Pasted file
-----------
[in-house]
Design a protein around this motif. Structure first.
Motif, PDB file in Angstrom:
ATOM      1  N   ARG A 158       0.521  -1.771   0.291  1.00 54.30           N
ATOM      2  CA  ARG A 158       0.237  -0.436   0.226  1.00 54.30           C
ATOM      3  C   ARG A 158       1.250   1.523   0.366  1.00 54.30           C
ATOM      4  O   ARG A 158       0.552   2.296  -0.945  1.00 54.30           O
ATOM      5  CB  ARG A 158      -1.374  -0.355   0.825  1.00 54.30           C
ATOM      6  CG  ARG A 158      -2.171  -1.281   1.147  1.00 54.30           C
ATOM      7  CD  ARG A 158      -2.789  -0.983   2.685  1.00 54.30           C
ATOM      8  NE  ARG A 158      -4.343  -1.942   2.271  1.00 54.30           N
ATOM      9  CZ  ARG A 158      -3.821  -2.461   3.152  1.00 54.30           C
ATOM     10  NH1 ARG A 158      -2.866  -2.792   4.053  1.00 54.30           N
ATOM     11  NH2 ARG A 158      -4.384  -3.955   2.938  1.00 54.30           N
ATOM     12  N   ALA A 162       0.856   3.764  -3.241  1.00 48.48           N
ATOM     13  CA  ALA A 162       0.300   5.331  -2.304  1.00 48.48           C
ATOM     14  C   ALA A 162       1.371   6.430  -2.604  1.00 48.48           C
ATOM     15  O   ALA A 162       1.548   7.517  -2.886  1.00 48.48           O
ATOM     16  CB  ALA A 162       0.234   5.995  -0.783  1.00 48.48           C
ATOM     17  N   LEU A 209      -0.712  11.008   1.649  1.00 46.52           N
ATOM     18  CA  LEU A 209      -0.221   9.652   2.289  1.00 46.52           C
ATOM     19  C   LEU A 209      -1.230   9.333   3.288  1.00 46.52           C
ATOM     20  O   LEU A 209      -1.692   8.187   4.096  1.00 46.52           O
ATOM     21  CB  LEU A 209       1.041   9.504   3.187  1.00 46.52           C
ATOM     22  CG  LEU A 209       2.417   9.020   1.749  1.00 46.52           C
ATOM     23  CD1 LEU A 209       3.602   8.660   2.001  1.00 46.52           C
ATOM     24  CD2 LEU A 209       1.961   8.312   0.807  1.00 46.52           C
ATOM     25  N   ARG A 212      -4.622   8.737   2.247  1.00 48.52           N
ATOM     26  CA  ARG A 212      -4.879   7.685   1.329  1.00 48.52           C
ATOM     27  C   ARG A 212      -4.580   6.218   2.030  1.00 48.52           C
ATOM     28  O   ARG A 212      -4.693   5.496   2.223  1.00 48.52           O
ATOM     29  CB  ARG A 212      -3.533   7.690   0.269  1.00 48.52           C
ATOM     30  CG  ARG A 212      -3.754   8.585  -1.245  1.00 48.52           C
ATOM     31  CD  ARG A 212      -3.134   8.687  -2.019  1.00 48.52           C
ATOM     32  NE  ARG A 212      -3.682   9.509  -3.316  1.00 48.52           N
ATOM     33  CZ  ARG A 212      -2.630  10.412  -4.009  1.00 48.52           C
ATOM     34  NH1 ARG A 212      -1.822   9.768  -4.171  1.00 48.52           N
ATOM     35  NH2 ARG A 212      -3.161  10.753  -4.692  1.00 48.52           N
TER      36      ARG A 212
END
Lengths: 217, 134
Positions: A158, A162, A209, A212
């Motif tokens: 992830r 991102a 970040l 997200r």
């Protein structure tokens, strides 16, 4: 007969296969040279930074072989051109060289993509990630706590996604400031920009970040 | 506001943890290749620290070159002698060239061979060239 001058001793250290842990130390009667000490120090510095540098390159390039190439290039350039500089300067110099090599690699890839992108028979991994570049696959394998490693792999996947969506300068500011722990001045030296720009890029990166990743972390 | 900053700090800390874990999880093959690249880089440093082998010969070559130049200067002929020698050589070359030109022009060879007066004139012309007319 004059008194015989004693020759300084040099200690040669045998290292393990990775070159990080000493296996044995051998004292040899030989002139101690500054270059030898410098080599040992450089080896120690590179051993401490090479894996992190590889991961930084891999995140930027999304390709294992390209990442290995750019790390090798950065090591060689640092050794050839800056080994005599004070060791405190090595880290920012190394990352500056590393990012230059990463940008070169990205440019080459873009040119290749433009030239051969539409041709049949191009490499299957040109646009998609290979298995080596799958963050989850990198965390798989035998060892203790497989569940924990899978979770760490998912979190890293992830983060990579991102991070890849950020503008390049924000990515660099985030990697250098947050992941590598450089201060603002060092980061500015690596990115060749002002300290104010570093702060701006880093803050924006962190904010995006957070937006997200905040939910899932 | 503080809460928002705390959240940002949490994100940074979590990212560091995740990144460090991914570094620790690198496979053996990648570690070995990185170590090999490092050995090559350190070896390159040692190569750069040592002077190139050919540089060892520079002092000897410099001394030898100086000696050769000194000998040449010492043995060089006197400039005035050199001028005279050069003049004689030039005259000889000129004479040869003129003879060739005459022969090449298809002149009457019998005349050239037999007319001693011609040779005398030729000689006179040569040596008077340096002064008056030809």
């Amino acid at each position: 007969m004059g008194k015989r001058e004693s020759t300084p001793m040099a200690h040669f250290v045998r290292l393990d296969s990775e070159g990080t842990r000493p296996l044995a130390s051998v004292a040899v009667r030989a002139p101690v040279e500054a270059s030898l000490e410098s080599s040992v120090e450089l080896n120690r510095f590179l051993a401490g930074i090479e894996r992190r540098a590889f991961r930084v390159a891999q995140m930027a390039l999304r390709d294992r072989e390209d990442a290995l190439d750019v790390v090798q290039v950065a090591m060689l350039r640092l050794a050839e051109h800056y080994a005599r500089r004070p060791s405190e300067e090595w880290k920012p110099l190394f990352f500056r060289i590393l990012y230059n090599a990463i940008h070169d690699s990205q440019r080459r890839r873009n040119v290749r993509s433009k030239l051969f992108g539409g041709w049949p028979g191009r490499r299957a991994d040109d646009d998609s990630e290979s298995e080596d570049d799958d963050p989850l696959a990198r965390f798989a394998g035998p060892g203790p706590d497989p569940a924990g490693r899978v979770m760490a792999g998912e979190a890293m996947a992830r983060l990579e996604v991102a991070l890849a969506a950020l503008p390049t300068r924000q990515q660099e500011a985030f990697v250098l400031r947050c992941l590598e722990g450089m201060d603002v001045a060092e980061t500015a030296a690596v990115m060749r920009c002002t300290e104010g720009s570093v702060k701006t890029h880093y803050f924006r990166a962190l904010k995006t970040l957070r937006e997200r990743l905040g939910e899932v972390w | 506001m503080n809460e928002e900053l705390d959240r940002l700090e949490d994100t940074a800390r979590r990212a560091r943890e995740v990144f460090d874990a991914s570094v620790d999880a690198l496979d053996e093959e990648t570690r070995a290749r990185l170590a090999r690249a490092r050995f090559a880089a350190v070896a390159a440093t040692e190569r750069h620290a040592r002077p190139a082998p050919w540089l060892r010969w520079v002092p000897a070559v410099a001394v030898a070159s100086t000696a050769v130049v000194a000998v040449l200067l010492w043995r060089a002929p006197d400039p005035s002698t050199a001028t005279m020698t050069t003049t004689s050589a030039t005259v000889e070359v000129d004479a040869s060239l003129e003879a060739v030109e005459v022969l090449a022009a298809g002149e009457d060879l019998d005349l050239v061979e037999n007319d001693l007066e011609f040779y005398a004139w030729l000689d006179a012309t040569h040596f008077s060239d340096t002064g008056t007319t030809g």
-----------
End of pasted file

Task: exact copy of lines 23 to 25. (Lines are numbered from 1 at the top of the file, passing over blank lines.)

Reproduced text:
ATOM     20  O   LEU A 209      -1.692   8.187   4.096  1.00 46.52           O
ATOM     21  CB  LEU A 209       1.041   9.504   3.187  1.00 46.52           C
ATOM     22  CG  LEU A 209       2.417   9.020   1.749  1.00 46.52           C